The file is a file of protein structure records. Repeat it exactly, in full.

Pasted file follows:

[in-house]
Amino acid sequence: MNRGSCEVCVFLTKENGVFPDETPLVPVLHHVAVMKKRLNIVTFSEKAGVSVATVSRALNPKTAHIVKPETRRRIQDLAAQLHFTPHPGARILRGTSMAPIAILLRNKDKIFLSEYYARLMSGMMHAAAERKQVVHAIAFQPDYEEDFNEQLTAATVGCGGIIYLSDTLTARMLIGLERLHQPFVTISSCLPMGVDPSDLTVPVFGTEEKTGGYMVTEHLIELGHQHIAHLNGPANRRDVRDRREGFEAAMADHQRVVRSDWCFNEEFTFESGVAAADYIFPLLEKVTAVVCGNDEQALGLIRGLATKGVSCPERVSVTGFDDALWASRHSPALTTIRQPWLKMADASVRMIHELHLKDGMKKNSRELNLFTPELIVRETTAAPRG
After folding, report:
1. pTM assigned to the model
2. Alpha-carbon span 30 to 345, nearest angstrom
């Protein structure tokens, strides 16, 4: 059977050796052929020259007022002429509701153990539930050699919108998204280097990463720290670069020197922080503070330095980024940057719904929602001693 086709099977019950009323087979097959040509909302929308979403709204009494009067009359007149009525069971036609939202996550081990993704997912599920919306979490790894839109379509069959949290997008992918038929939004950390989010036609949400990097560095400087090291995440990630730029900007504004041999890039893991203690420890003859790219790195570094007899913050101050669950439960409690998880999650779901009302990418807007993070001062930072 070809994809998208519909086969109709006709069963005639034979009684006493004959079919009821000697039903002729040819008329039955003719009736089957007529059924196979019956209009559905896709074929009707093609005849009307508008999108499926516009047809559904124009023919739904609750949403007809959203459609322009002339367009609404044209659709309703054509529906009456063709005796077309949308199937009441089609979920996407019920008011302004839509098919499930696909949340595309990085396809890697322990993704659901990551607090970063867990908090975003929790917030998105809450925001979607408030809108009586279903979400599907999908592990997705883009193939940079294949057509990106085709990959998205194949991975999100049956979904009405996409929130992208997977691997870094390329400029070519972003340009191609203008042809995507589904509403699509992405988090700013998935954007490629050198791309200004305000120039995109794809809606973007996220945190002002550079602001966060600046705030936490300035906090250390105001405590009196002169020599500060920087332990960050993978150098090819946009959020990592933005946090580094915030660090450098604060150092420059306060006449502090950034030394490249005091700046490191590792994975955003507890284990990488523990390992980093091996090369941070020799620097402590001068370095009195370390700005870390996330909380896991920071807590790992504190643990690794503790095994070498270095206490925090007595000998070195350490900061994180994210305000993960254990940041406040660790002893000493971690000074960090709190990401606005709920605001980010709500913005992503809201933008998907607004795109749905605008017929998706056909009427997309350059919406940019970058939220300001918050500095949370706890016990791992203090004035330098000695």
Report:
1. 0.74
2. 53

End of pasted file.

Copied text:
[in-house]
Amino acid sequence: MNRGSCEVCVFLTKENGVFPDETPLVPVLHHVAVMKKRLNIVTFSEKAGVSVATVSRALNPKTAHIVKPETRRRIQDLAAQLHFTPHPGARILRGTSMAPIAILLRNKDKIFLSEYYARLMSGMMHAAAERKQVVHAIAFQPDYEEDFNEQLTAATVGCGGIIYLSDTLTARMLIGLERLHQPFVTISSCLPMGVDPSDLTVPVFGTEEKTGGYMVTEHLIELGHQHIAHLNGPANRRDVRDRREGFEAAMADHQRVVRSDWCFNEEFTFESGVAAADYIFPLLEKVTAVVCGNDEQALGLIRGLATKGVSCPERVSVTGFDDALWASRHSPALTTIRQPWLKMADASVRMIHELHLKDGMKKNSRELNLFTPELIVRETTAAPRG
After folding, report:
1. pTM assigned to the model
2. Alpha-carbon span 30 to 345, nearest angstrom
């Protein structure tokens, strides 16, 4: 059977050796052929020259007022002429509701153990539930050699919108998204280097990463720290670069020197922080503070330095980024940057719904929602001693 086709099977019950009323087979097959040509909302929308979403709204009494009067009359007149009525069971036609939202996550081990993704997912599920919306979490790894839109379509069959949290997008992918038929939004950390989010036609949400990097560095400087090291995440990630730029900007504004041999890039893991203690420890003859790219790195570094007899913050101050669950439960409690998880999650779901009302990418807007993070001062930072 070809994809998208519909086969109709006709069963005639034979009684006493004959079919009821000697039903002729040819008329039955003719009736089957007529059924196979019956209009559905896709074929009707093609005849009307508008999108499926516009047809559904124009023919739904609750949403007809959203459609322009002339367009609404044209659709309703054509529906009456063709005796077309949308199937009441089609979920996407019920008011302004839509098919499930696909949340595309990085396809890697322990993704659901990551607090970063867990908090975003929790917030998105809450925001979607408030809108009586279903979400599907999908592990997705883009193939940079294949057509990106085709990959998205194949991975999100049956979904009405996409929130992208997977691997870094390329400029070519972003340009191609203008042809995507589904509403699509992405988090700013998935954007490629050198791309200004305000120039995109794809809606973007996220945190002002550079602001966060600046705030936490300035906090250390105001405590009196002169020599500060920087332990960050993978150098090819946009959020990592933005946090580094915030660090450098604060150092420059306060006449502090950034030394490249005091700046490191590792994975955003507890284990990488523990390992980093091996090369941070020799620097402590001068370095009195370390700005870390996330909380896991920071807590790992504190643990690794503790095994070498270095206490925090007595000998070195350490900061994180994210305000993960254990940041406040660790002893000493971690000074960090709190990401606005709920605001980010709500913005992503809201933008998907607004795109749905605008017929998706056909009427997309350059919406940019970058939220300001918050500095949370706890016990791992203090004035330098000695």
Report:
1. 0.74
2. 53